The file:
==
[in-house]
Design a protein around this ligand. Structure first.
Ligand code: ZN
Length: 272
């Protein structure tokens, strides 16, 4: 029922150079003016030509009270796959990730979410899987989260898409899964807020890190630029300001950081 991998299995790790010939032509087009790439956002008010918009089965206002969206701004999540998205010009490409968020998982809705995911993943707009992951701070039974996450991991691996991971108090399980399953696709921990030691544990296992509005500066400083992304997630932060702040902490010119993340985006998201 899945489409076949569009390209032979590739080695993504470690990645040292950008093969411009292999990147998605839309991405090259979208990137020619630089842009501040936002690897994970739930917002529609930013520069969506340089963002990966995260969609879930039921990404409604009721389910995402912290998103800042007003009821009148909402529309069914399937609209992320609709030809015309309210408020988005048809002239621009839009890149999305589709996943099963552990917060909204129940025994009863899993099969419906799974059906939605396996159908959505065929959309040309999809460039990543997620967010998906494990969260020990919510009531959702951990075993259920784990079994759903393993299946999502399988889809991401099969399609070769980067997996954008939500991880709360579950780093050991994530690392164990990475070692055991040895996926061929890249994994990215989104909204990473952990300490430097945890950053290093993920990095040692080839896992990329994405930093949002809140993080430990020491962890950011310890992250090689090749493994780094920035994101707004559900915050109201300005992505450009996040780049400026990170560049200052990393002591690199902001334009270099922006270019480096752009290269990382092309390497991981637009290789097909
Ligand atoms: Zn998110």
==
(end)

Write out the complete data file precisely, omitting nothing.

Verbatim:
[in-house]
Design a protein around this ligand. Structure first.
Ligand code: ZN
Length: 272
């Protein structure tokens, strides 16, 4: 029922150079003016030509009270796959990730979410899987989260898409899964807020890190630029300001950081 991998299995790790010939032509087009790439956002008010918009089965206002969206701004999540998205010009490409968020998982809705995911993943707009992951701070039974996450991991691996991971108090399980399953696709921990030691544990296992509005500066400083992304997630932060702040902490010119993340985006998201 899945489409076949569009390209032979590739080695993504470690990645040292950008093969411009292999990147998605839309991405090259979208990137020619630089842009501040936002690897994970739930917002529609930013520069969506340089963002990966995260969609879930039921990404409604009721389910995402912290998103800042007003009821009148909402529309069914399937609209992320609709030809015309309210408020988005048809002239621009839009890149999305589709996943099963552990917060909204129940025994009863899993099969419906799974059906939605396996159908959505065929959309040309999809460039990543997620967010998906494990969260020990919510009531959702951990075993259920784990079994759903393993299946999502399988889809991401099969399609070769980067997996954008939500991880709360579950780093050991994530690392164990990475070692055991040895996926061929890249994994990215989104909204990473952990300490430097945890950053290093993920990095040692080839896992990329994405930093949002809140993080430990020491962890950011310890992250090689090749493994780094920035994101707004559900915050109201300005992505450009996040780049400026990170560049200052990393002591690199902001334009270099922006270019480096752009290269990382092309390497991981637009290789097909
Ligand atoms: Zn998110």